Import and Export Regulation and Process in the United Kingdom
A pocket guide from 3E Accounting on the import and export regulation and process in the UK.
National statistics for 2020 indicate that the United Kingdom’s imports and exports increased by GBP17.5 billion and GBP21.4 billion, respectively. The UK’s population of 67.9 million people makes it an ideal place to trade. Knowing the import and export regulation and process in the UK is crucial to ensure compliance.
In ensuring trade balance, the world of commerce has revolved around the import and export of goods and services. Imports occur when a country buys goods and services from other parts of the world. Conversely, exports revolve around domestically produced goods and services being sold to other countries. These create outflows and inflows of funds, respectively, that in turn, drive global commerce.
In the UK, imports include fast-moving consumer goods (FMCGs), cars, machinery, etc. Top export categories include machinery, precious metals, as well as antiques and collectables. Its major import and export partners include China, Germany, Europe, etc. Import and export fall under the purview and governance of HMRC, the UK’s tax authority.
To ensure compliance, firms such as 3E Accounting offer assistance that can be of intrinsic value. The process can be complicated, especially for European countries now that the UK has left the EU. The rules and regulations are continually evolving to meet fast-changing global demand. A general guideline on processes and rules include:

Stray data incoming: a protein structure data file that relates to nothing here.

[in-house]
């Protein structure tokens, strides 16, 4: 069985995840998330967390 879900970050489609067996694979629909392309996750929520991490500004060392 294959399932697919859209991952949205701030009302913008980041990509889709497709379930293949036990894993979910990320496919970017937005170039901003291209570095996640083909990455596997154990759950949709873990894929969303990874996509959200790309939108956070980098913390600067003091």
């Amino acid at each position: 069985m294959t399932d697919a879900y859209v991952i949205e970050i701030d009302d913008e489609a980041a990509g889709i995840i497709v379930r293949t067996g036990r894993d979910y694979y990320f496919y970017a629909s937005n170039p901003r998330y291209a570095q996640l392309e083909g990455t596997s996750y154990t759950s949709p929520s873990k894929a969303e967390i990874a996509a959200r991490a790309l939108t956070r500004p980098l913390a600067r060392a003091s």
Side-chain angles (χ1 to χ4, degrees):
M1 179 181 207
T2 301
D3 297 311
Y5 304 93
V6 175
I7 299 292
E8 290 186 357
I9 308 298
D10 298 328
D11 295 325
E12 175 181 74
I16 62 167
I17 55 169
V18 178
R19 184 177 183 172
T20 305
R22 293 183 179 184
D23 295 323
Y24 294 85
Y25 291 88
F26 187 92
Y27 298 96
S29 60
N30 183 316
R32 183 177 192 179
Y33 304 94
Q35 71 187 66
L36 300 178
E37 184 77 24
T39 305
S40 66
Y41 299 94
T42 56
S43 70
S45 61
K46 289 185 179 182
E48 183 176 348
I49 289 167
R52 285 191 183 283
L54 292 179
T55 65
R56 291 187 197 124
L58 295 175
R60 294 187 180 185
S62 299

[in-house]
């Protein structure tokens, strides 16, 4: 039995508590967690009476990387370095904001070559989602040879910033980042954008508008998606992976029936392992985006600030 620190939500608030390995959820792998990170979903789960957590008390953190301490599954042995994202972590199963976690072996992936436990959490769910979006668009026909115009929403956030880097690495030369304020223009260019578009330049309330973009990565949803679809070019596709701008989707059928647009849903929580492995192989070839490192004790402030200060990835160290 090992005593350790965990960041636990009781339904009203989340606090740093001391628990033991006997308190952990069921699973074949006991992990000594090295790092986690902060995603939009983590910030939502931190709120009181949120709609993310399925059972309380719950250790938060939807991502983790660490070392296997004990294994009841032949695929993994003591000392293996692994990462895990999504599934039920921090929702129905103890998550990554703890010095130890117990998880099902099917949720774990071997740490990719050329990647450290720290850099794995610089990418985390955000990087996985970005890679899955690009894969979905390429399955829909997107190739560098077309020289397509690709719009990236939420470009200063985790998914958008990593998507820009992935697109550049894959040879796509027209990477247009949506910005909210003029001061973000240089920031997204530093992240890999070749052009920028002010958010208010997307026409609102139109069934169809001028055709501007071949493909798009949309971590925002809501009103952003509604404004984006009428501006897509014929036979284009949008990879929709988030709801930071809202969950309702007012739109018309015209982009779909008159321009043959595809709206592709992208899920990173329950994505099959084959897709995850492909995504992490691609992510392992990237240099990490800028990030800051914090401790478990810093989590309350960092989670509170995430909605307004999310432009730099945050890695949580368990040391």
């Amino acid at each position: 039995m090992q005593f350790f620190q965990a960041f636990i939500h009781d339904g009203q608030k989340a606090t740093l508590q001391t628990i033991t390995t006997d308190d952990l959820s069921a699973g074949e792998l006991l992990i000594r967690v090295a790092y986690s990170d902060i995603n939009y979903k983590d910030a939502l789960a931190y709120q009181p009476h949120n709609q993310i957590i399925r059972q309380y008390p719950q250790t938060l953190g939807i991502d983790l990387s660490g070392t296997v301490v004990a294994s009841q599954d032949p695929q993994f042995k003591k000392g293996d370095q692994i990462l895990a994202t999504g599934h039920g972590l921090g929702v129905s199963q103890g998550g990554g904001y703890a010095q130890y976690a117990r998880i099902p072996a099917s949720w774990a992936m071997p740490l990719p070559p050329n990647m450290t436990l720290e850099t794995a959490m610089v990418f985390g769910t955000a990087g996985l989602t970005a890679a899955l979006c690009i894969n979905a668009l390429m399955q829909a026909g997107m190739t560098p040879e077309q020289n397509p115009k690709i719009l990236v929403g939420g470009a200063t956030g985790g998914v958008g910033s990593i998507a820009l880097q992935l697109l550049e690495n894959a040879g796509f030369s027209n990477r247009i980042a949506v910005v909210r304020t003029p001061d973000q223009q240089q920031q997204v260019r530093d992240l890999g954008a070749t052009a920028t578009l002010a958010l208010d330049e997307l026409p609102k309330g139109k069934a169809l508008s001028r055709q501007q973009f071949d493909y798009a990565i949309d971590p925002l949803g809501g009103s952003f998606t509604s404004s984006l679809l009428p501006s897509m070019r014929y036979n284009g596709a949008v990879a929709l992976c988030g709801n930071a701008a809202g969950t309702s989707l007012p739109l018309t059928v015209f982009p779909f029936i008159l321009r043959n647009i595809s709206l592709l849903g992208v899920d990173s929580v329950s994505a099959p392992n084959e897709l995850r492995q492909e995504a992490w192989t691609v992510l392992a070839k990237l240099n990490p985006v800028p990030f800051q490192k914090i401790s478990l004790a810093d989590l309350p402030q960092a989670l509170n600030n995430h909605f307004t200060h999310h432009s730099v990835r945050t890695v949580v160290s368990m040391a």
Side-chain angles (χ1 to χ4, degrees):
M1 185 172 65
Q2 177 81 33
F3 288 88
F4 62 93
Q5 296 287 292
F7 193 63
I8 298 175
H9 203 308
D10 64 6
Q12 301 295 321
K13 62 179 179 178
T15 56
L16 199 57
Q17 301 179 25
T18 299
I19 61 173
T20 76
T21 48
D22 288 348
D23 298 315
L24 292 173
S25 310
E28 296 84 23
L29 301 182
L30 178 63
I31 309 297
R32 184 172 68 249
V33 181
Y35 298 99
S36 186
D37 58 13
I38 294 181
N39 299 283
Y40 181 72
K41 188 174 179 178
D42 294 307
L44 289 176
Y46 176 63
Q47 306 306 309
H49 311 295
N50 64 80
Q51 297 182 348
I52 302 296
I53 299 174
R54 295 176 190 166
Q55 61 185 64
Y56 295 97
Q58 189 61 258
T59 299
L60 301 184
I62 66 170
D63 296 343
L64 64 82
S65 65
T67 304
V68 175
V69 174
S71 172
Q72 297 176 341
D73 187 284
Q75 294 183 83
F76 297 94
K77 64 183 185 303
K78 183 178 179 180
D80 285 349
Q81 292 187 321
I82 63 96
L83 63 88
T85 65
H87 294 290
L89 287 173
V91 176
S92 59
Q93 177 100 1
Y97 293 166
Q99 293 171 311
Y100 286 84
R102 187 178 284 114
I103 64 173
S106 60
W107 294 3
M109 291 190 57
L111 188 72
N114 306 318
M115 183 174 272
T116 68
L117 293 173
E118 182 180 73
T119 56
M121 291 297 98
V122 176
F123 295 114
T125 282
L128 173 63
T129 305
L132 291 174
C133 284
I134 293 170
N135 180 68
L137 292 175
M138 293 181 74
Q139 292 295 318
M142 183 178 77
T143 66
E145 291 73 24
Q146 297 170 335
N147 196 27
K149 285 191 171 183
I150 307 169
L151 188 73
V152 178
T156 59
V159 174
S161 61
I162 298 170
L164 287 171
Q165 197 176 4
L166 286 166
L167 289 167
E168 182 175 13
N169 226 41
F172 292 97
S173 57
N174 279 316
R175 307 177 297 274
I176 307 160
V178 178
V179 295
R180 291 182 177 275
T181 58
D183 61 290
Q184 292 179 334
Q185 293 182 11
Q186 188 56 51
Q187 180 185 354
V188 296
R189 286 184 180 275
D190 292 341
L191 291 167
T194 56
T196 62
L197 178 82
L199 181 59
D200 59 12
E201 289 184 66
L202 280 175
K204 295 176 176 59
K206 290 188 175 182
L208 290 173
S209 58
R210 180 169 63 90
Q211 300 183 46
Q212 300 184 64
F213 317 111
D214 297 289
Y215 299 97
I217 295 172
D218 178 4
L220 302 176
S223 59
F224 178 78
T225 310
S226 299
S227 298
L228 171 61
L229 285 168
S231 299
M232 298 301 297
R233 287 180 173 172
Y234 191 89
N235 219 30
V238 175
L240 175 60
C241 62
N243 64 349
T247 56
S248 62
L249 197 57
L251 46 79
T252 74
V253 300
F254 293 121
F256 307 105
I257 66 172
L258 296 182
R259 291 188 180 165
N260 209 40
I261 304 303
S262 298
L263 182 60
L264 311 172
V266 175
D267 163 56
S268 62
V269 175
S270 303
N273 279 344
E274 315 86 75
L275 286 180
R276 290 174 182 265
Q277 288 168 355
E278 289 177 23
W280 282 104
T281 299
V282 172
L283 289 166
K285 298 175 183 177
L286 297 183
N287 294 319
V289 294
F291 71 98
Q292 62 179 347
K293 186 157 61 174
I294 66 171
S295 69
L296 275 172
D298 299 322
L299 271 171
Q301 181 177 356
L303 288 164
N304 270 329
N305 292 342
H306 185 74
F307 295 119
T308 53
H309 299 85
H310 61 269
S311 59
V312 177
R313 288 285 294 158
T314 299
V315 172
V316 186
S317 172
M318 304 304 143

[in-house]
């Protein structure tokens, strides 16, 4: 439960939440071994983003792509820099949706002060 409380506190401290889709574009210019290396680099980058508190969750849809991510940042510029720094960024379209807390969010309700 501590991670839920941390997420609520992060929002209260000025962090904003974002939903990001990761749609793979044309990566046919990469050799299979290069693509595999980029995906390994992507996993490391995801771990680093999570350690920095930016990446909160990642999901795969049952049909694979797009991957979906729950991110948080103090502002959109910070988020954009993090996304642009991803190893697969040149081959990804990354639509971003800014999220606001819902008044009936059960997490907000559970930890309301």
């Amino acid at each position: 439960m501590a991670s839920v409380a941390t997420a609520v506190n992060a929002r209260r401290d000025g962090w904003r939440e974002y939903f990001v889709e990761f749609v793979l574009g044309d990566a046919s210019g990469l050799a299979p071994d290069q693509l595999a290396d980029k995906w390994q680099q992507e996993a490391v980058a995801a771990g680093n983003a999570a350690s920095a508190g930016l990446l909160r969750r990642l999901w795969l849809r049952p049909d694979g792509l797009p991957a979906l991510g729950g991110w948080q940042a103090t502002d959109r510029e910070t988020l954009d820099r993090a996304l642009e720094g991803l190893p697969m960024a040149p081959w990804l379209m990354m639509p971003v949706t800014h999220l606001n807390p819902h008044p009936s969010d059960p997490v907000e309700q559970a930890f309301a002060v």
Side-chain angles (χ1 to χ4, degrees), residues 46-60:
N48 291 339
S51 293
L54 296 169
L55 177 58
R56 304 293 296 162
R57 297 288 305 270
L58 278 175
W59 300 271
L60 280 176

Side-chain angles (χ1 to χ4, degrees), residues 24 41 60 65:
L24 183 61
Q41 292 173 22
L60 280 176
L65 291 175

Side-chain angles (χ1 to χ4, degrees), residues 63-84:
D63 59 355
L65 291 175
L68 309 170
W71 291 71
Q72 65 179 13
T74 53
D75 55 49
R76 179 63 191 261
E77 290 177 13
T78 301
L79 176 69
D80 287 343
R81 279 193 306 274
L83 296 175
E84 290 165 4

Import of Goods and Services From the UK
- EORI number: Economic Operators Registration and Identification number. This is an identification number required by Customs for the movement of goods.
- ENS: this is an entry summary declaration which will include details of safety and security and has a time limit for submission.
- Submission of an electronic declaration to Customs.
Export of Goods and Services Into the UK
- EORI number: similar to the import of goods and required by Customs.
- REX registration: Registered Exporters System, the statement or certificate of origin, which can facilitate duty-free status in some instances.
- Customs declaration: for the movement of goods into or through the UK.
- EXS: this is an exit summary declaration and is similar in requirements to the ENS.
Value-added tax (VAT) is also applicable and has commodity codes which ascertain their status. Details on commodity codes and trade tariffs can be found on the UK Government website’s searchable online tool. Aside from VAT, customs and excise duties can be incurred on certain goods where applicable.
You will also need to be aware of licenses and certificates as well as restrictions and prohibitions. The movement of items such as controlled drugs, firearms and weapons, pirated goods, etc., are stringently monitored by the authorities. Some may need licenses such as the OGELs (Open Export General Licenses), SIELs (Standard Individual Export Licenses), etc. Relevant queries can be directed to the Department for International Trade (DIT) which has a Licensing Branch.
Being conversant with the import and export regulation and process in the UK can be a tough job best left to the professionals. As a leading business solutions firm, 3E Accounting offers international expertise strongly supported with local specialisation. Whether you need an agent to do all the customs legwork or help with a start-up, we are here to assist. Contact 3E Accounting today to work with experts who are simply best-in-class when it comes to delivering innovative business solutions.